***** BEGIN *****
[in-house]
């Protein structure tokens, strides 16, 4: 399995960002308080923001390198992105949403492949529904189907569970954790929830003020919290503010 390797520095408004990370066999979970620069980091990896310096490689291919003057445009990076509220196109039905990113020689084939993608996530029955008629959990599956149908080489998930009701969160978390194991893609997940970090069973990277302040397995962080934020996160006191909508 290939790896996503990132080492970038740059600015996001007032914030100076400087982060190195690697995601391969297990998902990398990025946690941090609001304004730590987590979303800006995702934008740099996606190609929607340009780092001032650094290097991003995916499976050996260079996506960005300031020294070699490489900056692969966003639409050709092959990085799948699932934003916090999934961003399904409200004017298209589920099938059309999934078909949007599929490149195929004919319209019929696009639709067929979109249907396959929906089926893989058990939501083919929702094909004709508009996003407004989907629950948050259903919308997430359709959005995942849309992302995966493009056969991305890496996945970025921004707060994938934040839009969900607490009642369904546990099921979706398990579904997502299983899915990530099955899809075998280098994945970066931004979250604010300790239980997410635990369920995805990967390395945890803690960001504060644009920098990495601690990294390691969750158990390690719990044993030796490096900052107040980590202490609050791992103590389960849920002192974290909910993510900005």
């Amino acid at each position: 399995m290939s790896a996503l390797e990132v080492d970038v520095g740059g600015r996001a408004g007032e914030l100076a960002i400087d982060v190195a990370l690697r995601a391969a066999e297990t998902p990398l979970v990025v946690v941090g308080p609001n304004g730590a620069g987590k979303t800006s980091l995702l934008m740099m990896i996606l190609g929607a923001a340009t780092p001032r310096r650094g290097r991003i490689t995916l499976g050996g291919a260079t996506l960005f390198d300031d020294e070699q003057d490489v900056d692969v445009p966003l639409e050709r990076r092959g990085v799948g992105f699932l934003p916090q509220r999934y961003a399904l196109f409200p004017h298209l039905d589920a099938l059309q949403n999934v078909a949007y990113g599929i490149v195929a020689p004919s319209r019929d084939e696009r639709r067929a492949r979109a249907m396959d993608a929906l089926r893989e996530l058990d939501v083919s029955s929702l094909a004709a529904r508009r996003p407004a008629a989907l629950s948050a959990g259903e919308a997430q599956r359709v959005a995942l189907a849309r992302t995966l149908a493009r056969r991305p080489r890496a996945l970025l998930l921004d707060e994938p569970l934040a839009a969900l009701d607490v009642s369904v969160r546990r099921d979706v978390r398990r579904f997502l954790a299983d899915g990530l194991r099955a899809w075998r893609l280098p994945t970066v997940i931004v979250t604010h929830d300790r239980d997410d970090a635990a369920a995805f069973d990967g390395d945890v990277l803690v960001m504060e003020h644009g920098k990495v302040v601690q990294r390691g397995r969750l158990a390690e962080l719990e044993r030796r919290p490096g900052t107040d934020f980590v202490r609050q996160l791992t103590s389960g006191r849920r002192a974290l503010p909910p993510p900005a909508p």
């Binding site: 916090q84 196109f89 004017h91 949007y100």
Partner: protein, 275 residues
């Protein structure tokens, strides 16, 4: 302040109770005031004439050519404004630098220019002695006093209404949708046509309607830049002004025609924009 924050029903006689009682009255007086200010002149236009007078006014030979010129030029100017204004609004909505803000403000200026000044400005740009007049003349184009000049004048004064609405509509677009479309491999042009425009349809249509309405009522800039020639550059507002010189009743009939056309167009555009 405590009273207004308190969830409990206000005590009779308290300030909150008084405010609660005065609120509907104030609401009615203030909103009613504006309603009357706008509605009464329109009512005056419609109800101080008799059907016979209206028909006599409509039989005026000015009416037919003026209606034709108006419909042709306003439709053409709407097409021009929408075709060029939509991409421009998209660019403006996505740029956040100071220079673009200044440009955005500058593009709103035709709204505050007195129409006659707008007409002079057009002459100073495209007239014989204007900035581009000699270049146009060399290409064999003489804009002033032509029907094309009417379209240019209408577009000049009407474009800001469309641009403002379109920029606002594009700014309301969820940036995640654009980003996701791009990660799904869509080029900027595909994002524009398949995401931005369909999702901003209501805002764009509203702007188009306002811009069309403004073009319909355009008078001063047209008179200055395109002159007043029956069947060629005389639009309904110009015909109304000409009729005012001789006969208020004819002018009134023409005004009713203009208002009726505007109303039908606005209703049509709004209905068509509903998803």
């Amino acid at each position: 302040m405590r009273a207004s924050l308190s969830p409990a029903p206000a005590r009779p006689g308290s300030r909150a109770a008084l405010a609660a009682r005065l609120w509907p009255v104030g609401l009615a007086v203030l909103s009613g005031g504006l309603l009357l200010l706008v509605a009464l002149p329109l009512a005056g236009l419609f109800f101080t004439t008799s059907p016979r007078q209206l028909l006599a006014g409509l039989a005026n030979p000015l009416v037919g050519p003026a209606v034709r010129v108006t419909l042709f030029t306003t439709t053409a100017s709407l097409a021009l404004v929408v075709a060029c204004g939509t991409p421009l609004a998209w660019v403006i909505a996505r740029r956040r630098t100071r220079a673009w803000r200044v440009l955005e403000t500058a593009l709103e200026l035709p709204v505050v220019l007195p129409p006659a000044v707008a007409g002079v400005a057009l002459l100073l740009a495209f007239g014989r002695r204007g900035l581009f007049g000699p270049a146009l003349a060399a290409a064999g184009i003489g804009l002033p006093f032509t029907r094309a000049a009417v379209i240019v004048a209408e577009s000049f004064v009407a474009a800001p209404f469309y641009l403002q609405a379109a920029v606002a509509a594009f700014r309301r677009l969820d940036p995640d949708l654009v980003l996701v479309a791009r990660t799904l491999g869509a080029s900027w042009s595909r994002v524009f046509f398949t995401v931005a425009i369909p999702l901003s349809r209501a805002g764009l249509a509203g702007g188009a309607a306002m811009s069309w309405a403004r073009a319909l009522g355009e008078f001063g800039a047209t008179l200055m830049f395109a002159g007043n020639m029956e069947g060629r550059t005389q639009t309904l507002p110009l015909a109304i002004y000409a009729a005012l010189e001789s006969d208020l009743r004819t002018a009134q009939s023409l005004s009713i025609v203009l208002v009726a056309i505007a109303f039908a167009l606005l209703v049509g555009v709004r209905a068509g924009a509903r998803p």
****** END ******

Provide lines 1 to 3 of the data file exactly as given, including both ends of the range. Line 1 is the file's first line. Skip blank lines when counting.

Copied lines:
[in-house]
């Protein structure tokens, strides 16, 4: 399995960002308080923001390198992105949403492949529904189907569970954790929830003020919290503010 390797520095408004990370066999979970620069980091990896310096490689291919003057445009990076509220196109039905990113020689084939993608996530029955008629959990599956149908080489998930009701969160978390194991893609997940970090069973990277302040397995962080934020996160006191909508 290939790896996503990132080492970038740059600015996001007032914030100076400087982060190195690697995601391969297990998902990398990025946690941090609001304004730590987590979303800006995702934008740099996606190609929607340009780092001032650094290097991003995916499976050996260079996506960005300031020294070699490489900056692969966003639409050709092959990085799948699932934003916090999934961003399904409200004017298209589920099938059309999934078909949007599929490149195929004919319209019929696009639709067929979109249907396959929906089926893989058990939501083919929702094909004709508009996003407004989907629950948050259903919308997430359709959005995942849309992302995966493009056969991305890496996945970025921004707060994938934040839009969900607490009642369904546990099921979706398990579904997502299983899915990530099955899809075998280098994945970066931004979250604010300790239980997410635990369920995805990967390395945890803690960001504060644009920098990495601690990294390691969750158990390690719990044993030796490096900052107040980590202490609050791992103590389960849920002192974290909910993510900005």
């Amino acid at each position: 399995m290939s790896a996503l390797e990132v080492d970038v520095g740059g600015r996001a408004g007032e914030l100076a960002i400087d982060v190195a990370l690697r995601a391969a066999e297990t998902p990398l979970v990025v946690v941090g308080p609001n304004g730590a620069g987590k979303t800006s980091l995702l934008m740099m990896i996606l190609g929607a923001a340009t780092p001032r310096r650094g290097r991003i490689t995916l499976g050996g291919a260079t996506l960005f390198d300031d020294e070699q003057d490489v900056d692969v445009p966003l639409e050709r990076r092959g990085v799948g992105f699932l934003p916090q509220r999934y961003a399904l196109f409200p004017h298209l039905d589920a099938l059309q949403n999934v078909a949007y990113g599929i490149v195929a020689p004919s319209r019929d084939e696009r639709r067929a492949r979109a249907m396959d993608a929906l089926r893989e996530l058990d939501v083919s029955s929702l094909a004709a529904r508009r996003p407004a008629a989907l629950s948050a959990g259903e919308a997430q599956r359709v959005a995942l189907a849309r992302t995966l149908a493009r056969r991305p080489r890496a996945l970025l998930l921004d707060e994938p569970l934040a839009a969900l009701d607490v009642s369904v969160r546990r099921d979706v978390r398990r579904f997502l954790a299983d899915g990530l194991r099955a899809w075998r893609l280098p994945t970066v997940i931004v979250t604010h929830d300790r239980d997410d970090a635990a369920a995805f069973d990967g390395d945890v990277l803690v960001m504060e003020h644009g920098k990495v302040v601690q990294r390691g397995r969750l158990a390690e962080l719990e044993r030796r919290p490096g900052t107040d934020f980590v202490r609050q996160l791992t103590s389960g006191r849920r002192a974290l503010p909910p993510p900005a909508p």